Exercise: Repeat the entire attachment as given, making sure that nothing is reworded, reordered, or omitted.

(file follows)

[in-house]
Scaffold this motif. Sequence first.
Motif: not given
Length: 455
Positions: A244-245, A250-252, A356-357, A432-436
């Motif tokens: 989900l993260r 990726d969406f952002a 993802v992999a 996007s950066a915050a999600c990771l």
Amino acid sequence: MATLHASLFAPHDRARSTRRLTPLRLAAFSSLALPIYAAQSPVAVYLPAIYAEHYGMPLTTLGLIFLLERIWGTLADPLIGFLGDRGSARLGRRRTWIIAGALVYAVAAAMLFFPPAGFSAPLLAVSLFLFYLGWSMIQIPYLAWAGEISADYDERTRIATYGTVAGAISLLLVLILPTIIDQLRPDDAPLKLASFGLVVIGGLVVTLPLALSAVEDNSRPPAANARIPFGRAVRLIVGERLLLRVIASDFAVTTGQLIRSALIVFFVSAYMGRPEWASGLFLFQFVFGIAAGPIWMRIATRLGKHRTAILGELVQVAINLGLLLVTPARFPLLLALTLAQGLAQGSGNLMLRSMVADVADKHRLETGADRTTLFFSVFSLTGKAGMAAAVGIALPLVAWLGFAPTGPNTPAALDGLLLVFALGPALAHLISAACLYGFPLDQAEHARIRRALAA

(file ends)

[in-house]
Scaffold this motif. Sequence first.
Motif: not given
Length: 455
Positions: A244-245, A250-252, A356-357, A432-436
């Motif tokens: 989900l993260r 990726d969406f952002a 993802v992999a 996007s950066a915050a999600c990771l």
Amino acid sequence: MATLHASLFAPHDRARSTRRLTPLRLAAFSSLALPIYAAQSPVAVYLPAIYAEHYGMPLTTLGLIFLLERIWGTLADPLIGFLGDRGSARLGRRRTWIIAGALVYAVAAAMLFFPPAGFSAPLLAVSLFLFYLGWSMIQIPYLAWAGEISADYDERTRIATYGTVAGAISLLLVLILPTIIDQLRPDDAPLKLASFGLVVIGGLVVTLPLALSAVEDNSRPPAANARIPFGRAVRLIVGERLLLRVIASDFAVTTGQLIRSALIVFFVSAYMGRPEWASGLFLFQFVFGIAAGPIWMRIATRLGKHRTAILGELVQVAINLGLLLVTPARFPLLLALTLAQGLAQGSGNLMLRSMVADVADKHRLETGADRTTLFFSVFSLTGKAGMAAAVGIALPLVAWLGFAPTGPNTPAALDGLLLVFALGPALAHLISAACLYGFPLDQAEHARIRRALAA